lizbrownlee – poet

Poems, animal info, extraordinary women, my books!

V is for Vietnamese Mossy Frog

This is another extraordinary frog – frogs really have some of the most incredible adaptations for their environment of any animal. This wonderful photo was taken by Andrew Mudd


And this photo was taken by Josh More:

Josh More vietnamese mossy frog

Have I mentioned yet this year that I adore frogs? I have been most restrained and only posted two so far this year. There’s still time, though!

These mossy frogs live in flooded caves and on the banks of mountain streams in northern Vietnam, among the mosses, and are semi-aquatic, often hiding among floating plants in the water.

They have also been found breeding on crevices of mossy trees, and are excellent climbers thanks to the large suction discs on the ends of their toes.

The texture and colour of their skin with their bulbous and spiny growths is very similar to moss, and a frog that is sitting still is almost impossible to see.

Even their large eyes have beautiful, mossy patterns – and give them excellent night vision (they are nocturnal) when they are looking for small invertebrates and insects to eat.

If these frogs are threatened they curl into a ball of moss – making them look even less like an edible frog.

Vietnamese mossy frogs are protected by the Vietnamese Government, but are suffering from habitat loss and being collected illegally for the pet trade. The IUCN Red List for Threatened Species does not have enough information to classify them.

Here is my poem for them:


Vietnamese Mossy Frog


As mossy as the moss it’s on

upon the mossy log,

it misdirects so you expect

it’s moss and miss the frog.


© Liz Brownlee


Information from:


Metropolitan Oceanic Institute and Aquarium.

Rosamund Gifford Zoo PDF.

IUCN Red List.

Image one taken by Andrew Mudd and used by kind permission.

Image two taken by Josh More by Creative Commons License.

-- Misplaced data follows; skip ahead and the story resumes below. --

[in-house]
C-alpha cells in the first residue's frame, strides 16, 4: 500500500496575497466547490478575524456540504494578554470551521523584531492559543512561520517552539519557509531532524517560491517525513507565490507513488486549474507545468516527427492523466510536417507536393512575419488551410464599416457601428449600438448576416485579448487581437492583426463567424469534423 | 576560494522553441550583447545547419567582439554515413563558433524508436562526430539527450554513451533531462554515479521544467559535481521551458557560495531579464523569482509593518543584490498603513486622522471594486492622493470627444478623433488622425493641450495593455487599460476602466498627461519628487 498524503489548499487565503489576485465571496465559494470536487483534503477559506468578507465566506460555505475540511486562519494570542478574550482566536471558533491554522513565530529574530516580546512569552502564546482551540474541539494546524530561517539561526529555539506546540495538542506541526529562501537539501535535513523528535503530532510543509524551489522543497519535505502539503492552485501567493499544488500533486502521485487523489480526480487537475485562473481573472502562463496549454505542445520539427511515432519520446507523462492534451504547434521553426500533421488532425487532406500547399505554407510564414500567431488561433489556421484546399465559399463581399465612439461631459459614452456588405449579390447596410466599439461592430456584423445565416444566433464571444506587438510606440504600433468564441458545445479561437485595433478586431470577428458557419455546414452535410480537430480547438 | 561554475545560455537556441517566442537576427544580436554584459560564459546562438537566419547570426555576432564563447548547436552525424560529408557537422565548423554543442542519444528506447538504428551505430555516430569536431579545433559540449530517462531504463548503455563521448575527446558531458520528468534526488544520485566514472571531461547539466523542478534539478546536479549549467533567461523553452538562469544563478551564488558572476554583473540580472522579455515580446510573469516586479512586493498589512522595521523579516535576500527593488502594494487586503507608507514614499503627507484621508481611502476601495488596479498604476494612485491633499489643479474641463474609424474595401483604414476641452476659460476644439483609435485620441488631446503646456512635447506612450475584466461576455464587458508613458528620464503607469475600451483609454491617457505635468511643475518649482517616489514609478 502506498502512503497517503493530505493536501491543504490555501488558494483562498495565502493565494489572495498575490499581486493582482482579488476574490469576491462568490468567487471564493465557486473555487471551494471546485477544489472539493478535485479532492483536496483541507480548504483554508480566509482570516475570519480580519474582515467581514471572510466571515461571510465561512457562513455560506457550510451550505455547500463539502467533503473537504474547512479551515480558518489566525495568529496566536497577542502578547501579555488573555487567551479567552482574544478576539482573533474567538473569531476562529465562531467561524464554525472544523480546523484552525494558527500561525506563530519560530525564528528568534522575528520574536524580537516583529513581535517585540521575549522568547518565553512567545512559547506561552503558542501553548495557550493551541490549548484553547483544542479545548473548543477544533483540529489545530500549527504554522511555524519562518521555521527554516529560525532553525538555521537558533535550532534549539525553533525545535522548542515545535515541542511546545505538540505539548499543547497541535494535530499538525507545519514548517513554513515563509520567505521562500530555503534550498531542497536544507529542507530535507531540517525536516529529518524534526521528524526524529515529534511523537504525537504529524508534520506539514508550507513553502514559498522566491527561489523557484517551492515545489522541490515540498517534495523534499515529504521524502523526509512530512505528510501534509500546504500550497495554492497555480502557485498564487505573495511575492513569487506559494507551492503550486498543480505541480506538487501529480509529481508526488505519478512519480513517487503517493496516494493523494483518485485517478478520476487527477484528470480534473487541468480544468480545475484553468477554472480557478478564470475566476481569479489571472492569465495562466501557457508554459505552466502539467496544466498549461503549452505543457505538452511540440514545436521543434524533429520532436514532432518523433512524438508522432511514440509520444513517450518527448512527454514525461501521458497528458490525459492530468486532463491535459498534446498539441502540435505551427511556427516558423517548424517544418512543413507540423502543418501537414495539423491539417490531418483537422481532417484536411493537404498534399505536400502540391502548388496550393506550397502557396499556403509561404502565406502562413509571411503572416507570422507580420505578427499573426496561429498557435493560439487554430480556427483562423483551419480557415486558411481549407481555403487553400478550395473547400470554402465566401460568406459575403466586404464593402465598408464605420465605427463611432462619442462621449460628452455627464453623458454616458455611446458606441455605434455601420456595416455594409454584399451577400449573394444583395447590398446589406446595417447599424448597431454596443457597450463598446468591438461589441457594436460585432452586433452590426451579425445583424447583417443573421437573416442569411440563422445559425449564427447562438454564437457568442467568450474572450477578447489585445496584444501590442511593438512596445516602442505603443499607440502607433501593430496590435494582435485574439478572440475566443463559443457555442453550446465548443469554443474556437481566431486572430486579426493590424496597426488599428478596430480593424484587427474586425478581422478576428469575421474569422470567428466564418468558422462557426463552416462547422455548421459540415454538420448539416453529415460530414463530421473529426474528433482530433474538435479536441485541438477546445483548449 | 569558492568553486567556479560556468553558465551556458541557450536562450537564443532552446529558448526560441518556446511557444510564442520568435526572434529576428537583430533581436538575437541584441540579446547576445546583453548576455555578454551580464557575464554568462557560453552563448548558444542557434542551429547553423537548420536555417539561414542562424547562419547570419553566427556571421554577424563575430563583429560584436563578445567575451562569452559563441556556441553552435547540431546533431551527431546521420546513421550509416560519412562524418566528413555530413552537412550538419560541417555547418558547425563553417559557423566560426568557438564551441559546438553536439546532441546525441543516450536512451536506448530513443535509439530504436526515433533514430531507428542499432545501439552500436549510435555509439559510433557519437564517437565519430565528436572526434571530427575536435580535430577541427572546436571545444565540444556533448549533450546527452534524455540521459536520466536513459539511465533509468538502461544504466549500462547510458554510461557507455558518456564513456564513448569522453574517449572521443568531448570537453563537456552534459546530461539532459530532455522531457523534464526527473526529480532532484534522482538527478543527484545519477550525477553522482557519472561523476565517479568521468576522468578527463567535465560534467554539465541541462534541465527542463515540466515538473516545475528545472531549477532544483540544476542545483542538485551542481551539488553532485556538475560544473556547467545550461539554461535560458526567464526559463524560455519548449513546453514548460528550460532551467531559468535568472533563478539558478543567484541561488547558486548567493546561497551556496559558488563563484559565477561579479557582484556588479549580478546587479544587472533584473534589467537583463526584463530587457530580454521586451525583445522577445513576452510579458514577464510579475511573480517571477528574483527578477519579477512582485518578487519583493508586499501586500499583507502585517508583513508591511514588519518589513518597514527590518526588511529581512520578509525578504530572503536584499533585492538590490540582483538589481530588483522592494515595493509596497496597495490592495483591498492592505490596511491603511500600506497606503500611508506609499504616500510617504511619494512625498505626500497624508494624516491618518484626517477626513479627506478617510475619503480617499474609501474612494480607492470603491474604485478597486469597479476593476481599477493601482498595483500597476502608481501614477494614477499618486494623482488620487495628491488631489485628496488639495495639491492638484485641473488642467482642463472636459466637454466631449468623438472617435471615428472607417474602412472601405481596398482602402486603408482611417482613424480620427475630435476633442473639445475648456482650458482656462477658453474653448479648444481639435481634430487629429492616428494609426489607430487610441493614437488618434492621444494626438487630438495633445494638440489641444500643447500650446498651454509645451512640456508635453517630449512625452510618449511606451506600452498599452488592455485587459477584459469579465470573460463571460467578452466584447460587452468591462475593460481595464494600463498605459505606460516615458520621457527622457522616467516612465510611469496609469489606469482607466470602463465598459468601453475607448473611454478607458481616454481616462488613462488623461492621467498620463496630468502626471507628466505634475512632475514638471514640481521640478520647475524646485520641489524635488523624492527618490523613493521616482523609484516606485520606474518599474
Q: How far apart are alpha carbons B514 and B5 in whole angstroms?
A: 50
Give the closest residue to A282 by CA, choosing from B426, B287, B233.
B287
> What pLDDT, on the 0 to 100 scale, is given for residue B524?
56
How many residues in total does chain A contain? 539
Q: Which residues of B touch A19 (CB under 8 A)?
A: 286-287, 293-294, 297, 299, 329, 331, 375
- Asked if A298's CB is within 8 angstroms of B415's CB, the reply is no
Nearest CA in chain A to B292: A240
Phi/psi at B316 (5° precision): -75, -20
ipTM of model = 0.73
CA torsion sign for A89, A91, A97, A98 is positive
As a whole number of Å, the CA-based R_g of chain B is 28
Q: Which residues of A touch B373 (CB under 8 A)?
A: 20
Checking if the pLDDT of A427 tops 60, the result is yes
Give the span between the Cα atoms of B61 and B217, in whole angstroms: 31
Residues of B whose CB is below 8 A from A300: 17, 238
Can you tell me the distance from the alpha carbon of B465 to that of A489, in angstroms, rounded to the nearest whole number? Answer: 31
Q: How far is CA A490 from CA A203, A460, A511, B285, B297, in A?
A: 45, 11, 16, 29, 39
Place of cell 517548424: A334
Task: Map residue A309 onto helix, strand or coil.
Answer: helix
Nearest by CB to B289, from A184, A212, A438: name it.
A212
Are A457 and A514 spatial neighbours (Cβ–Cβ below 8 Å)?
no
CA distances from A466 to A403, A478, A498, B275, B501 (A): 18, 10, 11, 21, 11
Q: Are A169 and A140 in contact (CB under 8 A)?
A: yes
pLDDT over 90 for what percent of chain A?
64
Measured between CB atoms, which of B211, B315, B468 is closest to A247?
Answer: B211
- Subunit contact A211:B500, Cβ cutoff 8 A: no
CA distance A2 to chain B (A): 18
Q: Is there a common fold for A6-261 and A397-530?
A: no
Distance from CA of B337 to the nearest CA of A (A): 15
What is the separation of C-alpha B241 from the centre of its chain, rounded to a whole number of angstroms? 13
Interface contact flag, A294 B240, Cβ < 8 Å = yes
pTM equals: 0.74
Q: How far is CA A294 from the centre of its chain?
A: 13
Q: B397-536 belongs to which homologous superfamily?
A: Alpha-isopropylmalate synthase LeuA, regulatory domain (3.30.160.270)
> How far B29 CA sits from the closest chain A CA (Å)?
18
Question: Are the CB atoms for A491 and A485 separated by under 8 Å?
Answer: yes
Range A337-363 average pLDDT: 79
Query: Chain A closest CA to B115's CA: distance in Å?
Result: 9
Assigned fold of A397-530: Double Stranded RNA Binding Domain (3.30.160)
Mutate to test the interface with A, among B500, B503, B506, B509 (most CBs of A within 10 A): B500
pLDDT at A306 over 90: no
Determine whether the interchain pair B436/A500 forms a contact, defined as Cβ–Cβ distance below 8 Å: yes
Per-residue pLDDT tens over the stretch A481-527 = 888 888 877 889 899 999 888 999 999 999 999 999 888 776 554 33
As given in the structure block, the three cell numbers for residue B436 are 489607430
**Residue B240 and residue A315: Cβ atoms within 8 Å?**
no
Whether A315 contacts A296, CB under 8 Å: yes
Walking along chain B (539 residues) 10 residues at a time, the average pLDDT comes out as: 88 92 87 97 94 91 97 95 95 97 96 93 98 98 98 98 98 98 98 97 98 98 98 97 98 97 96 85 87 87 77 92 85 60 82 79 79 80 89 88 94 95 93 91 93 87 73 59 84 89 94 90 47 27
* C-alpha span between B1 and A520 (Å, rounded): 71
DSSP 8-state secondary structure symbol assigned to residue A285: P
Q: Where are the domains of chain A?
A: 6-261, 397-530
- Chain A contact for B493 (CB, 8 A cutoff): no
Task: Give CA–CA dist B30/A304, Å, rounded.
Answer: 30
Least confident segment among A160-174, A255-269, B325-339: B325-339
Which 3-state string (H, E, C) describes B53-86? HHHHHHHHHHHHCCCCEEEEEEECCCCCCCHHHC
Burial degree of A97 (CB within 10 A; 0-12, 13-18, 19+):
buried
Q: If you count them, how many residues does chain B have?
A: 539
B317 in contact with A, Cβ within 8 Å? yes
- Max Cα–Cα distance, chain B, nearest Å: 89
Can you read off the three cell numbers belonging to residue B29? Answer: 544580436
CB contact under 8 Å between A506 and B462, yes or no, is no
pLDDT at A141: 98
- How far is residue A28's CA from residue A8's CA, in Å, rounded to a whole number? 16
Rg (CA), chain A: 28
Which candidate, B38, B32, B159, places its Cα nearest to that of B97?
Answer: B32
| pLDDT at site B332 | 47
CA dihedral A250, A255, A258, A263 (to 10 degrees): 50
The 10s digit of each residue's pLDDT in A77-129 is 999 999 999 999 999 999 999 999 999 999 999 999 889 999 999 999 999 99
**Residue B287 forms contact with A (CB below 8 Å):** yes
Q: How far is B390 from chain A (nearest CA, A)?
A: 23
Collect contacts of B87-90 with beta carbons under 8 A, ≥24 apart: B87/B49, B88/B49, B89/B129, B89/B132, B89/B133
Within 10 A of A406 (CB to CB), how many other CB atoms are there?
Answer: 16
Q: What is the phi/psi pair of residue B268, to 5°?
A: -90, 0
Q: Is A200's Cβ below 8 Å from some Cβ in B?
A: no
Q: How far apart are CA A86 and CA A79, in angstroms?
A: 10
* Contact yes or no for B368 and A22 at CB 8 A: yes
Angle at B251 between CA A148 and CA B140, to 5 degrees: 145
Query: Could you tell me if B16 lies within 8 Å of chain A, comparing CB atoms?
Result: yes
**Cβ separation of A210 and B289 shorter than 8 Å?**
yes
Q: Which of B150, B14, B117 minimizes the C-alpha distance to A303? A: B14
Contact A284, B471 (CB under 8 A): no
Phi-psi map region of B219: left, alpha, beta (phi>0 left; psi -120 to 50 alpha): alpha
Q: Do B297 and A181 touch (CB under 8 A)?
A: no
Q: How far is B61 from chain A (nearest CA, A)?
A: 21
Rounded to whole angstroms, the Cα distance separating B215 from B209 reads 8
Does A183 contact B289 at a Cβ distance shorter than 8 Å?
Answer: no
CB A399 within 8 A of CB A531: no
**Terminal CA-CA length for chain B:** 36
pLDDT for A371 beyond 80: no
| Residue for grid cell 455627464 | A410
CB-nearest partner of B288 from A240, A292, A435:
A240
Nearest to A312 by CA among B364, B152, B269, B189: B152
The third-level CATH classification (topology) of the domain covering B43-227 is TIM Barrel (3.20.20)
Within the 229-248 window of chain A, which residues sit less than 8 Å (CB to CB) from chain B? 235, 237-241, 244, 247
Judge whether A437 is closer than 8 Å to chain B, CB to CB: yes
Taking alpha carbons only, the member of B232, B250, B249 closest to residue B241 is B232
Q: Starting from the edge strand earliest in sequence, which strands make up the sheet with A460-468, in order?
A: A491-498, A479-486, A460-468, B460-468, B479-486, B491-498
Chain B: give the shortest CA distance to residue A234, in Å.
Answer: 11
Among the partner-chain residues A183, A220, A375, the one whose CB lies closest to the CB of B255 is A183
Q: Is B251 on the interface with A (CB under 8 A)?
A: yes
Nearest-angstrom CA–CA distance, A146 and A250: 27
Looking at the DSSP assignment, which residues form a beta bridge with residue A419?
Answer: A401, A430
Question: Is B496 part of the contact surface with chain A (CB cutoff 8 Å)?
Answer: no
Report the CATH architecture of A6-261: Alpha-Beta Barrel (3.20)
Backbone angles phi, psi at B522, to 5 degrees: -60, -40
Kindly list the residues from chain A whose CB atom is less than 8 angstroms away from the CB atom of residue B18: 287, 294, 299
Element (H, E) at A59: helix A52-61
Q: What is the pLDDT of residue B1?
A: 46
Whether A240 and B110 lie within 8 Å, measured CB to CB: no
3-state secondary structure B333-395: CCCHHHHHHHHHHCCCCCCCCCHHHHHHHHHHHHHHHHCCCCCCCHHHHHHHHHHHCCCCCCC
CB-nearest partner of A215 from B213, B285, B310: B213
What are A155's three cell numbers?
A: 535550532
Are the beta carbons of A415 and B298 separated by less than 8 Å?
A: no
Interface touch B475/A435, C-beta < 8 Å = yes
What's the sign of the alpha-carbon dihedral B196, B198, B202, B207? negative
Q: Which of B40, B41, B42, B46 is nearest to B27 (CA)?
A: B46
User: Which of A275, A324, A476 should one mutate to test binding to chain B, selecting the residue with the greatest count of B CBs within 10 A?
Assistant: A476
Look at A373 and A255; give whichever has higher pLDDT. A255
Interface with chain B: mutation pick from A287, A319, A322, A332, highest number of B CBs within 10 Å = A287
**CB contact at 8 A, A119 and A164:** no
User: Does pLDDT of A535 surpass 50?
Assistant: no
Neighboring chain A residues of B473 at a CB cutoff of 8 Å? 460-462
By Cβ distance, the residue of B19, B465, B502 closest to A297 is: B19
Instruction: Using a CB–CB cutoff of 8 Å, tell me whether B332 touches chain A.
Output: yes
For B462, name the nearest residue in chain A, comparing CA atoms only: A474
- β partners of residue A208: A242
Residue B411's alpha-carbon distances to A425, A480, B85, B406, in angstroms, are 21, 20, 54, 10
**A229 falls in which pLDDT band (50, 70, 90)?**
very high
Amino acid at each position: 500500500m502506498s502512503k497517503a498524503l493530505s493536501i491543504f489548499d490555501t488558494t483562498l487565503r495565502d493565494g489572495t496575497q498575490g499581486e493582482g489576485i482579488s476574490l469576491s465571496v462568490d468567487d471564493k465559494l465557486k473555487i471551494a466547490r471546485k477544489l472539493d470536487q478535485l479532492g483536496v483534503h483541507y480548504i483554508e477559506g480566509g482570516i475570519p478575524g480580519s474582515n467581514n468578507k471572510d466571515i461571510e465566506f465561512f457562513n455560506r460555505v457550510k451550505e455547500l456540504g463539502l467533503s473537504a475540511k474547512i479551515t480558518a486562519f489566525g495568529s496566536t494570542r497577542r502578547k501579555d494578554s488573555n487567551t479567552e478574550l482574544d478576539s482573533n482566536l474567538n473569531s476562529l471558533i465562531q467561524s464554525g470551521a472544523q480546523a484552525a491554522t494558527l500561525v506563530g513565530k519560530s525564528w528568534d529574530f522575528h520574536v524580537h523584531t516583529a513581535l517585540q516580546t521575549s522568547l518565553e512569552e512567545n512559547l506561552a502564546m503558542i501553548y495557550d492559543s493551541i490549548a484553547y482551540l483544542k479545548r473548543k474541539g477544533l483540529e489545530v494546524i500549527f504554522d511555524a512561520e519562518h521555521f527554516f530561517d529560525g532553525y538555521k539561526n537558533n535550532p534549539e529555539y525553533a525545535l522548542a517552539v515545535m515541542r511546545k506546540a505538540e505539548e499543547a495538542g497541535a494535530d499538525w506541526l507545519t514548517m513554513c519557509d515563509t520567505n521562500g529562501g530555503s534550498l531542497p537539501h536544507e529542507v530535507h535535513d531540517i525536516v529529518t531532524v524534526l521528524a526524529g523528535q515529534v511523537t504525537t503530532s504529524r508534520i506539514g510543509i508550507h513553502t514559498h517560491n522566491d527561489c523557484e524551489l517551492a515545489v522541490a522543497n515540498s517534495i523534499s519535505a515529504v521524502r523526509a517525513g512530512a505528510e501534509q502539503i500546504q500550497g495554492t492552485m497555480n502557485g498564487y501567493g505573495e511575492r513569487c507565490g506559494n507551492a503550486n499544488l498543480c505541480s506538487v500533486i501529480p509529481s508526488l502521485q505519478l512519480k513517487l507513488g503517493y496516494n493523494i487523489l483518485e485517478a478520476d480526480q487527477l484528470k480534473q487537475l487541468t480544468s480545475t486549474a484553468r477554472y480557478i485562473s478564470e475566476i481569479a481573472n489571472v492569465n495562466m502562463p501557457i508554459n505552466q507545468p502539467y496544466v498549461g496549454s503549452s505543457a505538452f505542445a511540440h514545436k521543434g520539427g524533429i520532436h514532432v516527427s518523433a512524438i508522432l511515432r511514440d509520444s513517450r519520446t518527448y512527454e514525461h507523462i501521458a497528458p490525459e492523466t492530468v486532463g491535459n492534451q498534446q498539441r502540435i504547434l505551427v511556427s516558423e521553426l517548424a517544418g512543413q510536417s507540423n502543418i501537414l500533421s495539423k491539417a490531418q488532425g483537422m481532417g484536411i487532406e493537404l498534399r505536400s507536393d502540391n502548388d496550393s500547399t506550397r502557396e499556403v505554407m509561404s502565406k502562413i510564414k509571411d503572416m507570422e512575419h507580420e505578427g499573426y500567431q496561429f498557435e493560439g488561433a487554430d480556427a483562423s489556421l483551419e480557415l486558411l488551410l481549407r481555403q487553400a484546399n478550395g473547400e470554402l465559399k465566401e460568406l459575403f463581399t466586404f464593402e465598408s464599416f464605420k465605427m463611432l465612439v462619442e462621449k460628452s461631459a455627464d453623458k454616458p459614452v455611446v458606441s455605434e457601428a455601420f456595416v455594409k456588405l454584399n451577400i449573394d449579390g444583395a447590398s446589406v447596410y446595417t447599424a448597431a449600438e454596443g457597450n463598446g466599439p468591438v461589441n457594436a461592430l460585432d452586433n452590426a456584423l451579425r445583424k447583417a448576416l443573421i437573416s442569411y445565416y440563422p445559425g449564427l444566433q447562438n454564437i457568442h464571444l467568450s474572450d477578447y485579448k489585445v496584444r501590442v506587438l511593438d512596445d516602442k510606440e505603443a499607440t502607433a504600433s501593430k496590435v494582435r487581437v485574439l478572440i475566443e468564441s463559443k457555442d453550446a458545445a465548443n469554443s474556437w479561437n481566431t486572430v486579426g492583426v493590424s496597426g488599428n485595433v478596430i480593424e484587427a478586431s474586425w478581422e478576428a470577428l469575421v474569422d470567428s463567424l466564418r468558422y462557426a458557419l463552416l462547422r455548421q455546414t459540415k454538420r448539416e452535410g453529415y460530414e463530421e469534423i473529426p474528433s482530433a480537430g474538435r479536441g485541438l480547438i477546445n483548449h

Prose and Poem © Liz Brownlee, all rights reserved, not to be used in any manner whatsoever without the permission of the author.





  1. Cherdo

    I think I dated this dude.

    Great post and picture, Liz!



    • Oh, Cherdo, that made me laugh. I hope he turned into a prince. And thank you!


  2. A lovely poem. Now that spring has truly begun, I hear frogs at dusk and sometimes at dawn, not the deep-throated mating call, but the little chip-chip-chip that lulls me to sleep.


    • They might be a different frog – one does that familiar noise you hear repeated for frogs on the soundtrack of films. They each have a different noise and they are as different as chalk and cheese – ranging from tiny peeps and chirps to whistles to croaks, cries and screams.


  3. He’s a beauty!


  4. I love frogs, too. It may be because I love Emily Dickinson’s “I’m Nobody, Who are You.” Fantastic pic, too. Glenda from
    Evolving English Teacher


    • Love her, too, Glenda. The pictures I’ve found this year have all been fabulous, kudos to the photographers!


  5. My son and I read your post together before bed tonight. Fun!

    – Jenny,


    • Hello, Jenny, how nice to see you again. I’m so pleased your you both liked it!


  6. Another winner!


  7. So love the word play in your witty poem! 😀


    • I love wordplay, Rosema! Is your name short for Rosemary, or is that it? It’s lovely!

      Liked by 1 person

      • Yay! Thank you, Liz! It’s Rosemarie. 🙂 ❤


  8. Oh, isn’t he great? I’ve never heard of a mossy frog – lovely little poem too, Liz. (I shall miss your posts when the challenge ends.)


    • Hi Susan, He is, isn’t he? Thank you. And I will miss yours, it’s fascinating reading real accounts of animal encounters.


  9. Ha ha. Wonderful! 🐸


  10. The poem is a little masterpiece. I wonder why you adore frogs so much? You aren’t alone. I know other froggy obsessives. I prefer furry creatures but I don’t mind frogs 🙂


    • Thank you, Michelle! I think it’s the way they turn their heads, and how extraordinarily beautiful some of them are, and how they have adapted to live in almost every habitat known on the planet, even an Alaskan winter. The Alaskan wood frog freezes solid – even its brain and eyes and its heart (which stops beating) and lungs (which stop breathing!) for 3 months in temperatures colder than your household freezer, then it comes alive again in the spring. They are amazing.


  11. I am thinking your remaining days should all be about frogs as they are awesome!! 🙂


    • Hello! You are biased! There is one more to come, to keep you happyish!


  12. Fascinating! I love that little poem;-)


  13. Hello, I’m visiting from A-Z challenge. Thank you for visiting my blog today. Wow, that frog is so interesting looking, especially the eyes. Wow!
    I loved the poem too.
    Lynda Grace from my blog
    Lynda Grace An Hour Away

    Liked by 1 person

  14. This is one neat looking frog and your poem is humorous.


  15. That guy blends in really well. One of my letters this year was for fear of frogs.

    ~Ninja Minion Patricia Lynne aka Patricia Josephine~
    Story Dam
    Patricia Lynne, Indie Author


  16. Frog adoration seems to be common this year – and of course, thefroglady does it best – but yours are wonderful, and the poems are, too!
    Jemima Pett


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